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ISSUE 9  July 2, 1998



    Corn borer moth activity is increasing in Richland County in the southeast corner of the state. This increase in activity is due to the moth emergence of the one-generation type corn borer. These moths represent the portion of the population that has caused most of our infestation problems during July these past four seasons. Due to the warmer temperatures, emergence is getting underway a little earlier.

    This activity should serve as our wake up call to begin monitoring corn for the presence of eggs, larvae, and feeding injury.


    Yield losses due to European corn borer infestations are primarily due to stalk tunneling that results in physiological stress. With persistent autumn winds and dry conditions, tunneling in stalks and ear shanks increases the risk of stalk breakage and dropped ears.

Management - Natural Control

    Heavy rains that occur before borers are able to burrow into the plant may kill the worms by drowning them or by physically removing them from the plant. The high humidity will promote disease outbreaks affecting the larvae.

Management - Chemical

    The challenge of the crop manager is to distinguish when egg laying and larval populations can be tolerated or they need to be controlled. Corn should be monitored weekly for at least five weeks once plants exceed an extended leaf height of 17 inches. At this point, corn borer larvae will be able to survive on the plant. Inspect plants for the presence of egg masses, whorl feeding, and active larvae. Observing moth activity around field margins or within the field may alert you to developing infestations.

Field scouting for corn borers:

    Whorl stage corn . . . . Pull the whorls from 10 plants at 5 locations across the field. Select whorls at random, avoiding damaged plants. Unwrap the whorl leaves; count and record the number of live larvae found.

    Use the following worksheet to help make decisions about the profitability of treating an individual field.

Worksheet for Corn borer in whorl stage corn . . . You fill in the blanks

1.__% of plant infested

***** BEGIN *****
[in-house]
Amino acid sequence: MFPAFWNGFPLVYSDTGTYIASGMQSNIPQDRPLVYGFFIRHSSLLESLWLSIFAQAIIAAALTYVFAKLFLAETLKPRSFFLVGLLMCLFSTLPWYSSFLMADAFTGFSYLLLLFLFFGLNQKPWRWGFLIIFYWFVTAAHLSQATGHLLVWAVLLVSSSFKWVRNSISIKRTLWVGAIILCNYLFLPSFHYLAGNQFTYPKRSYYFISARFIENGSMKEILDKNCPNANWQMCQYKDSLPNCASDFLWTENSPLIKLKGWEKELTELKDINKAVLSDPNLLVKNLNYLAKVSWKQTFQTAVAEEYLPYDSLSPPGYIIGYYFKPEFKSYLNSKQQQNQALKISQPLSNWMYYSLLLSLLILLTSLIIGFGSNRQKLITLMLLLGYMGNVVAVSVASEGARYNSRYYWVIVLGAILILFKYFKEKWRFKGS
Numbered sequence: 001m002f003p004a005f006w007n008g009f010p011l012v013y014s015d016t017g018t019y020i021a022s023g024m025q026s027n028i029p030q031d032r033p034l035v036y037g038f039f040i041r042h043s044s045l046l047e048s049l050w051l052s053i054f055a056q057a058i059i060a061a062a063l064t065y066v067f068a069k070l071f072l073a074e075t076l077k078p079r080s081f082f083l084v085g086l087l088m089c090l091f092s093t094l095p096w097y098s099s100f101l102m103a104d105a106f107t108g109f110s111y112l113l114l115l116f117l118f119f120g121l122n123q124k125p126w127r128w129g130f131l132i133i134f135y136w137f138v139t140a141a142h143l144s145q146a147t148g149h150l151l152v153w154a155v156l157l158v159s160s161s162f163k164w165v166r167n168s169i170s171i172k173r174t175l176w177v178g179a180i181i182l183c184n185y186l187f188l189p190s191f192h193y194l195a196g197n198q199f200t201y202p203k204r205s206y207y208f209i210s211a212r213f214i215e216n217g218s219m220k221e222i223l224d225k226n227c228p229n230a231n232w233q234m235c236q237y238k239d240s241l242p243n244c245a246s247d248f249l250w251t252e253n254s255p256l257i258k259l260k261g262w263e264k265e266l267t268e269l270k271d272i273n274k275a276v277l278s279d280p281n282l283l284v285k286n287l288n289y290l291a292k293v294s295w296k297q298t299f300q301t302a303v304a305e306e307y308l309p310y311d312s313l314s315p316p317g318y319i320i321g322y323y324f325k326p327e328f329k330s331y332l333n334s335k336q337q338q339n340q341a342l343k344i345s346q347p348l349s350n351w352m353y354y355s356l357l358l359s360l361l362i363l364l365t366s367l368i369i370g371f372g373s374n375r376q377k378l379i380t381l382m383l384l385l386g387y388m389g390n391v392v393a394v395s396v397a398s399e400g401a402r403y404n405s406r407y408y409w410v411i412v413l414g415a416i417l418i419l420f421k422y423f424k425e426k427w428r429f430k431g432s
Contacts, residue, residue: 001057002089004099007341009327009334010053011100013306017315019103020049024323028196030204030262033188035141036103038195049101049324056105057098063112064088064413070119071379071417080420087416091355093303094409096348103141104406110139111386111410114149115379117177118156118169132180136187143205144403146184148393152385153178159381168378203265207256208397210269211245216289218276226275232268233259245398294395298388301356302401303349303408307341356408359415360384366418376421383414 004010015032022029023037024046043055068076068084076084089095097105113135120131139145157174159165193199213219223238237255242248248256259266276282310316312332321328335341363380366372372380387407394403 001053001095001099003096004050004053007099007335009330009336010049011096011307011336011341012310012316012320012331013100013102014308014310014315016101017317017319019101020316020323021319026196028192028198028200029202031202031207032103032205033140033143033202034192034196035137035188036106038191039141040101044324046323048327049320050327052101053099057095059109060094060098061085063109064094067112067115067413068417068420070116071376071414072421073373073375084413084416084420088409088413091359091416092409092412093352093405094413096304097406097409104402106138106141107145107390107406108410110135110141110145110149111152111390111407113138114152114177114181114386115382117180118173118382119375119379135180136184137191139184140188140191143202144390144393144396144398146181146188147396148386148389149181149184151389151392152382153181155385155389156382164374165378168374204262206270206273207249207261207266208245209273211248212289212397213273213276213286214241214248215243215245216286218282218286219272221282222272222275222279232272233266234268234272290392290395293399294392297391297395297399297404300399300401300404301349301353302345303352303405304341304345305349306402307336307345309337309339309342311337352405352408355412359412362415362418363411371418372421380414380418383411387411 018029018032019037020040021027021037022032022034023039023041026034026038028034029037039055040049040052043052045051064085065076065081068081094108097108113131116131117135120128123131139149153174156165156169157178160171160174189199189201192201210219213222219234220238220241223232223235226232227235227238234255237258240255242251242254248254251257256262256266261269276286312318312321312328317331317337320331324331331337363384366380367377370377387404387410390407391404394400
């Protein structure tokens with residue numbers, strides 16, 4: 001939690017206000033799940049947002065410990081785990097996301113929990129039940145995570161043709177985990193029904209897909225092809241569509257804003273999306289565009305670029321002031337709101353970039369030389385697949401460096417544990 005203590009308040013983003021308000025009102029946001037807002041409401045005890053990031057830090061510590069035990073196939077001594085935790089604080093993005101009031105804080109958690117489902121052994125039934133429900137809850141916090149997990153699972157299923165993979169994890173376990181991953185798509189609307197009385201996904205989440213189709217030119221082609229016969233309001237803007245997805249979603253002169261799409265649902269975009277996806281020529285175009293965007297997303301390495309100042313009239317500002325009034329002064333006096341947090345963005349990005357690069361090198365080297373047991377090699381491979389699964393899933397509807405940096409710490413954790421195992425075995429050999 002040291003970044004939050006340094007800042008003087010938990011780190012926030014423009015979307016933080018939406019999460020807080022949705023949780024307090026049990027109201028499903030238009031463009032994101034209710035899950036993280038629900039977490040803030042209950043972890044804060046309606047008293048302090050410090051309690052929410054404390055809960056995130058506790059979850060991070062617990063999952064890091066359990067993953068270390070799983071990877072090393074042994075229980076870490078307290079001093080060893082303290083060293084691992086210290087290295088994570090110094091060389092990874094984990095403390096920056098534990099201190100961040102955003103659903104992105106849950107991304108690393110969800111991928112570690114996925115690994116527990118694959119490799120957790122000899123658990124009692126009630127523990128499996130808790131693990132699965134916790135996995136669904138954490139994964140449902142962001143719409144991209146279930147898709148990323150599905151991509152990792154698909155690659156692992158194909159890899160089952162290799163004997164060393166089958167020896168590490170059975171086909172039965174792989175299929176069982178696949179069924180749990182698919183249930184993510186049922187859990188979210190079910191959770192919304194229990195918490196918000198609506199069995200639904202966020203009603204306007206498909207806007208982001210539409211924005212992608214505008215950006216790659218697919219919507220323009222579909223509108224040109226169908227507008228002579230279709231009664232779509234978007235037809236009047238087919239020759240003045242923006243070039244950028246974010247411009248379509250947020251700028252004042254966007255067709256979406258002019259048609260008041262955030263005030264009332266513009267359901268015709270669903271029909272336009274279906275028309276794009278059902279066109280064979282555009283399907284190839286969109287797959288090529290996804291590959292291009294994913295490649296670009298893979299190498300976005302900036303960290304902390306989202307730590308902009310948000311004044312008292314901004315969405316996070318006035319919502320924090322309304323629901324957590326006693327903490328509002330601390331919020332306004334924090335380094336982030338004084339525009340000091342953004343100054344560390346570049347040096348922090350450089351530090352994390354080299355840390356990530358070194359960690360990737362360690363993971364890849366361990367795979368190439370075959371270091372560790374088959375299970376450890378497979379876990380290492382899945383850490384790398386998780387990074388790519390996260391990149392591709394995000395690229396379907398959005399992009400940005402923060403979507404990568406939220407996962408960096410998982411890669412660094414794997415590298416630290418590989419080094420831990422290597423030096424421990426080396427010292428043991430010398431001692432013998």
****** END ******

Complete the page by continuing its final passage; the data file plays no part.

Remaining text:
2.__borers per plant

3.__percent yield loss

4.__bushel loss per acre

5.__loss per acre

6.__preventable loss/acre

x__Avg. no. borers/plant

x__percent yield loss per borer*

x__expected yield (bu. per acre)

x__price per bushel

x__percent control**

___cost of control per acre

=  __Borers per plant

=  __percent yield loss

=  __bushels per acre loss

=$__loss per acre

=$__preventable loss/acre

=$__profit (loss)/acre

*5% for corn in the early whorl stage; 4% for late whorl; 6% for pre_tassel

**80% for granules; 50% for sprays.



   Midge emergence is occurring as expected. All counties in the central, northeast and north have or will reach the 1300 degree days for female emergence to occur. Scouting for the presence of midge is critical now.

    From the Carrington area, Jim Harbour, Area Plant Protection Specialist, reports that midge have been detected using emergence and sticky traps. Evening scouting found midge levels at 1 to 2 adults per 4 wheat heads which are threshold levels for adults in fields near the Research and Extension Center.

    In the Devils Lake-Leeds area, reports of midge in emergence cages were received on Tuesday, June 30. In the Minot area, Jan Knodel, Area Plant Protection Specialist, is reporting detection of midge in emergence cages and on sticky traps. In Walsh County, Brad Brummond, Extension Agent, is reporting low levels of adults in fields. Evening monitoring of fields is critical in these regions. Peak emergence (1475 DD) will be occurring through the weekend and early next week. Degree days are accumulating at about 24 per day around the region.

    The following map provides Wheat Midge degree day accumulations from weather station sites (NDAWN) around the region.

DD Wheat Midge Event


10% of the females will have emerged


about 50% of the females will have emerged


about 90% of the females will have emerged.

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    The Spotted stem weevil population has been small in North Dakota for the past several seasons. Spotted stem weevil larvae have been found to cause serious stalk breakage when 25 to 30 larvae are present in a stalk, weakening it when larvae make their overwintering cells in the stalk's base. Breakage is most likely to occur during drought stress or high winds. The spotted sunflower stem weevil is 3/16 inches in length, and grayish-brown with varying shaped white spots on the wing covers. The weevils emerge in mid to late June. Eggs are deposited in epidermal tissue of the stem. If controls are directed at the adults in order to minimize egg laying, treatments should be initiated during the first few days in July. About 50% of the eggs will be deposited by this weevil by mid July.

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    Treatment for sunflower stem weevils is recommended when scouting determines that an average of 1 adult per three plants is found.

    Products registered for adult stem weevil control include Asana XL, Scout X-tra, Warrior, carbaryl, Furadan 4F and Lorsban 4E.



    Concerns over aphids in headed wheat continue. Last weeks recommendations to not treat headed wheat just for aphids is still accurate. Some consultants in the southeast have reported declines in the aphid population in fields, likely due to disease and insect predators. Where insecticides have been applied, multiple insects (ex., grasshoppers, aphids, armyworm, and wheat midge) are being considered in making that final decision.

Phillip Glogoza
Extension Entomologist

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